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A Look at What Really Went on Inside Victorian Insane Asylums

In 1887 there were in England more than 80,000 insane asylum patients in the various types of facilities (workhouses, pauper asylums, private asylums and hospitals, as well military and criminal insane asylums). In the U.S. in 1880 there were 232,473 people in asylums, workhouses, juvenile detention centers, and homes for the blind and deaf. Despite well-intentioned methods of treatment (which included restraints and hydrotherapy), even improvements made around the turn of the century left segments of asylum populations vulnerable to mistreatment and misdiagnosis.

Cold water spray was used to treat mania and psychotic episodes. Via/ Internet Archive

Brookwood Mental Hospital, England, 1890s. Via/ Internet Archive

Men’s ward at a St. Louis mental hospital, 1904. Via/ St. Louis Public Library

Women’s ward in same facility, 1904. Via/ St. Louis Public Library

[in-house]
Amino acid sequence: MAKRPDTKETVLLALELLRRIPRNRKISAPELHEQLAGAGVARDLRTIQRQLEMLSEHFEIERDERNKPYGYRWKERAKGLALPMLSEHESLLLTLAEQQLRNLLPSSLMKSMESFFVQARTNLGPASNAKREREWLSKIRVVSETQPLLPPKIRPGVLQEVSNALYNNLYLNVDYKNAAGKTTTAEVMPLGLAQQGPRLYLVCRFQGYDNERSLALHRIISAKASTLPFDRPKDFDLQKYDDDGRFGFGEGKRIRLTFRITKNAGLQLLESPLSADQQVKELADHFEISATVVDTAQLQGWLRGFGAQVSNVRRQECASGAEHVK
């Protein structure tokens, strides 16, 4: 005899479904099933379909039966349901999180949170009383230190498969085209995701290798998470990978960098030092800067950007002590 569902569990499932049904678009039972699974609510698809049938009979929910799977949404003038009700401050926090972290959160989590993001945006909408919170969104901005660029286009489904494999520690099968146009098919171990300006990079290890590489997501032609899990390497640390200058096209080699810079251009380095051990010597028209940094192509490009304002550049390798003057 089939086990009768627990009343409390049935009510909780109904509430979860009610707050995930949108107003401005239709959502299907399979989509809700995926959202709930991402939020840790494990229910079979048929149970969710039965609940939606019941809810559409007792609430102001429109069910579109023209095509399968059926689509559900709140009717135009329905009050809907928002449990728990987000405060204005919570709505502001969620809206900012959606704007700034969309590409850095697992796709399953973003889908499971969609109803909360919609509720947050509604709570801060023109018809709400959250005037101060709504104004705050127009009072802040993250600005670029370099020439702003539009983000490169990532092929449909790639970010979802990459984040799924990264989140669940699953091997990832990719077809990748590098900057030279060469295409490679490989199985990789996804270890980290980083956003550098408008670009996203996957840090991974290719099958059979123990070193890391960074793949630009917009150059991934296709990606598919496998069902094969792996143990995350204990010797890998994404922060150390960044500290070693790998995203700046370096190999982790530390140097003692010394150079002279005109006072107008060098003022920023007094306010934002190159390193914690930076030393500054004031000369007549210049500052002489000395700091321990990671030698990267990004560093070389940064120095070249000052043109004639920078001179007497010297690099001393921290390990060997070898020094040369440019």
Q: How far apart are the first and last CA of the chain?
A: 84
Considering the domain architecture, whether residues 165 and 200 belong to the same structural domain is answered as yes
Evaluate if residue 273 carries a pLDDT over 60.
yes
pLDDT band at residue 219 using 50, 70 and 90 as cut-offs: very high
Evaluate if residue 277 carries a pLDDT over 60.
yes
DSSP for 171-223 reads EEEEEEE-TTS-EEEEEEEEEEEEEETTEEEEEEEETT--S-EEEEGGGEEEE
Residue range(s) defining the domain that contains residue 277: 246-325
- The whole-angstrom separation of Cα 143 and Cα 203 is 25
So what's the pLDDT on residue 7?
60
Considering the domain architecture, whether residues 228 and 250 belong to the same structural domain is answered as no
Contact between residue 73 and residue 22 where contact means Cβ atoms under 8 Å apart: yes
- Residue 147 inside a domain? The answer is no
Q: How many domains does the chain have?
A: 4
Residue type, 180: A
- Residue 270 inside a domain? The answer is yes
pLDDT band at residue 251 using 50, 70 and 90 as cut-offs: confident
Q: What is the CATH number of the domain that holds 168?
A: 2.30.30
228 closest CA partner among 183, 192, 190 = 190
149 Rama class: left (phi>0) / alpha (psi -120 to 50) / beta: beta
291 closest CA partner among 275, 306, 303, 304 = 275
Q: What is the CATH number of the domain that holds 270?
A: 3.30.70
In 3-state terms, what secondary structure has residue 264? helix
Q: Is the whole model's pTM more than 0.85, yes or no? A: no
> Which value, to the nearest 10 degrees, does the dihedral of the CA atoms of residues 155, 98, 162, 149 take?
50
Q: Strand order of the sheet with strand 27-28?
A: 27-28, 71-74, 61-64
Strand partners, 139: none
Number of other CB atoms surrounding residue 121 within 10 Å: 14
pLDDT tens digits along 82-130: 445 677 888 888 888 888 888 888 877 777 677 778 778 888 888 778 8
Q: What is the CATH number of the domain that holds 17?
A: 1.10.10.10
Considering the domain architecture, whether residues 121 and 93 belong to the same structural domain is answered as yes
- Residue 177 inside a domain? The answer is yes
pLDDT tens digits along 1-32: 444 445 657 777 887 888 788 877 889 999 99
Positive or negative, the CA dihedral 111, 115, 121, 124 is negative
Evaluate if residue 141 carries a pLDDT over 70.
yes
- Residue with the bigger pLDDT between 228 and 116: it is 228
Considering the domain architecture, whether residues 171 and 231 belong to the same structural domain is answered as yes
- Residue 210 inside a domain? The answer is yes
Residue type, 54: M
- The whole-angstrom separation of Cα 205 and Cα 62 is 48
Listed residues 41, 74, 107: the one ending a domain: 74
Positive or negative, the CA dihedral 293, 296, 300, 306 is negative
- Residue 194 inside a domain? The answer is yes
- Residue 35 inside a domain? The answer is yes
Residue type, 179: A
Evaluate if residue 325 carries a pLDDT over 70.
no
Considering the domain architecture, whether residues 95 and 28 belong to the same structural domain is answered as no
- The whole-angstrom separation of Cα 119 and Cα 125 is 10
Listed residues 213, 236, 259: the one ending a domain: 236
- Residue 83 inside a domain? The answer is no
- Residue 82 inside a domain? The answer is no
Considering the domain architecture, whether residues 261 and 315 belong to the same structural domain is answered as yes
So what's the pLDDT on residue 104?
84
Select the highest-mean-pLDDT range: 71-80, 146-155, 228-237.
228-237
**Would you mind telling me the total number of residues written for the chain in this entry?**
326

Patients in asylums could be suffering from diseases (like syphilis, epilepsy, or alcoholism) or even from extreme grief. Sometimes the elderly and those with senility ended up in insane asylums. While we would today consider these medical ailments or matters for family, the lack of successful treatments and knowledge of disease meant that in many cases patients/inmates would have been incarcerated for life.

This restrained woman was diagnosed with having “hysteria-induced narcolepsy.” Via/ Wellcome Images

Women’s ward in England, clearly a very nice facility compared to many institutions of the era. Via/ Wellcome Images

Civil War military hospital, mental ward. Via/ Wellcome Images

Staff were advised to bribe them with food, and to coerce, or punish patients who often had little control in their lives – and this was at facilities where the staff believed they were giving good treatment to the inmates! Some facilities offered little to no treatment or discussion of care. On the other hand some facilities offered occupational or distractive therapy, one of the few steps towards humane treatment of mental patients at the time.

Sewing room on women’s ward, St. Louis, 1904. Via/ St. Louis Public Library

Not Much Has Changed Over the Past Century for the Amish: Click “Next Page” below!

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